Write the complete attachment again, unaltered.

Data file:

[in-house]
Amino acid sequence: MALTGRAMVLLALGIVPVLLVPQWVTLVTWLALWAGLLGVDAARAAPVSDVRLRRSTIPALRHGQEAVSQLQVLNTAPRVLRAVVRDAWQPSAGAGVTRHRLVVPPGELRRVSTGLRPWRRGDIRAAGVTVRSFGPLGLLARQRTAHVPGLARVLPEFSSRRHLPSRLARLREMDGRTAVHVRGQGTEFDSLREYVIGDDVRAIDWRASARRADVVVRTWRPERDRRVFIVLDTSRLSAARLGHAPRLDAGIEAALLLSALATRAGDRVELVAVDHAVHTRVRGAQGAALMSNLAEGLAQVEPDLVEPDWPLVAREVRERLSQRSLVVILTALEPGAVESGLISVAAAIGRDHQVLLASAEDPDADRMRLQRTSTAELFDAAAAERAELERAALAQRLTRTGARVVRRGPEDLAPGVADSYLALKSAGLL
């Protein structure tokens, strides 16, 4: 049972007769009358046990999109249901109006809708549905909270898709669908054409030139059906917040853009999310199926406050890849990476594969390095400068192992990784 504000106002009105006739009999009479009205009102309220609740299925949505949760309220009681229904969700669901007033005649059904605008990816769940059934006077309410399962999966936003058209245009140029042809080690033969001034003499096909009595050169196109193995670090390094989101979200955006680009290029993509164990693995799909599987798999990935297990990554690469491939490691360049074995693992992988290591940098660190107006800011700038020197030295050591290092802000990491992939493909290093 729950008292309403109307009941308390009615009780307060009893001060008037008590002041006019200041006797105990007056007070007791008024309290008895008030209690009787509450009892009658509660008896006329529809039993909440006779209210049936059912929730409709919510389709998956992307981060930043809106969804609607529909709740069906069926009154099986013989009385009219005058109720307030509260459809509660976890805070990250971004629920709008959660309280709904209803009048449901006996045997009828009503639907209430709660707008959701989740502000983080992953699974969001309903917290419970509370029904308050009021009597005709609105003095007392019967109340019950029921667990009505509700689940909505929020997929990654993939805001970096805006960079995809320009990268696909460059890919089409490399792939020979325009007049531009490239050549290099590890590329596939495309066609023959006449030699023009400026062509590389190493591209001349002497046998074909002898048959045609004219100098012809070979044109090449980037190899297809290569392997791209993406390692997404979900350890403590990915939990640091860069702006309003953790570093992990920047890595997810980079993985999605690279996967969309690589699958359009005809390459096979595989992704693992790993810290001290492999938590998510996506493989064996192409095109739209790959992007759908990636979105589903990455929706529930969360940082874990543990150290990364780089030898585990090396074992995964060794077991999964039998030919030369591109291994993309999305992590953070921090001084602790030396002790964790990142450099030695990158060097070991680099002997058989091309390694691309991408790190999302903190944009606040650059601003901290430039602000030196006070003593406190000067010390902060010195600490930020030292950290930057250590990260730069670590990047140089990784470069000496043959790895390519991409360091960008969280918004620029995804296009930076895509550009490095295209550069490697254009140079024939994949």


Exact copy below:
[in-house]
Amino acid sequence: MALTGRAMVLLALGIVPVLLVPQWVTLVTWLALWAGLLGVDAARAAPVSDVRLRRSTIPALRHGQEAVSQLQVLNTAPRVLRAVVRDAWQPSAGAGVTRHRLVVPPGELRRVSTGLRPWRRGDIRAAGVTVRSFGPLGLLARQRTAHVPGLARVLPEFSSRRHLPSRLARLREMDGRTAVHVRGQGTEFDSLREYVIGDDVRAIDWRASARRADVVVRTWRPERDRRVFIVLDTSRLSAARLGHAPRLDAGIEAALLLSALATRAGDRVELVAVDHAVHTRVRGAQGAALMSNLAEGLAQVEPDLVEPDWPLVAREVRERLSQRSLVVILTALEPGAVESGLISVAAAIGRDHQVLLASAEDPDADRMRLQRTSTAELFDAAAAERAELERAALAQRLTRTGARVVRRGPEDLAPGVADSYLALKSAGLL
């Protein structure tokens, strides 16, 4: 049972007769009358046990999109249901109006809708549905909270898709669908054409030139059906917040853009999310199926406050890849990476594969390095400068192992990784 504000106002009105006739009999009479009205009102309220609740299925949505949760309220009681229904969700669901007033005649059904605008990816769940059934006077309410399962999966936003058209245009140029042809080690033969001034003499096909009595050169196109193995670090390094989101979200955006680009290029993509164990693995799909599987798999990935297990990554690469491939490691360049074995693992992988290591940098660190107006800011700038020197030295050591290092802000990491992939493909290093 729950008292309403109307009941308390009615009780307060009893001060008037008590002041006019200041006797105990007056007070007791008024309290008895008030209690009787509450009892009658509660008896006329529809039993909440006779209210049936059912929730409709919510389709998956992307981060930043809106969804609607529909709740069906069926009154099986013989009385009219005058109720307030509260459809509660976890805070990250971004629920709008959660309280709904209803009048449901006996045997009828009503639907209430709660707008959701989740502000983080992953699974969001309903917290419970509370029904308050009021009597005709609105003095007392019967109340019950029921667990009505509700689940909505929020997929990654993939805001970096805006960079995809320009990268696909460059890919089409490399792939020979325009007049531009490239050549290099590890590329596939495309066609023959006449030699023009400026062509590389190493591209001349002497046998074909002898048959045609004219100098012809070979044109090449980037190899297809290569392997791209993406390692997404979900350890403590990915939990640091860069702006309003953790570093992990920047890595997810980079993985999605690279996967969309690589699958359009005809390459096979595989992704693992790993810290001290492999938590998510996506493989064996192409095109739209790959992007759908990636979105589903990455929706529930969360940082874990543990150290990364780089030898585990090396074992995964060794077991999964039998030919030369591109291994993309999305992590953070921090001084602790030396002790964790990142450099030695990158060097070991680099002997058989091309390694691309991408790190999302903190944009606040650059601003901290430039602000030196006070003593406190000067010390902060010195600490930020030292950290930057250590990260730069670590990047140089990784470069000496043959790895390519991409360091960008969280918004620029995804296009930076895509550009490095295209550069490697254009140079024939994949």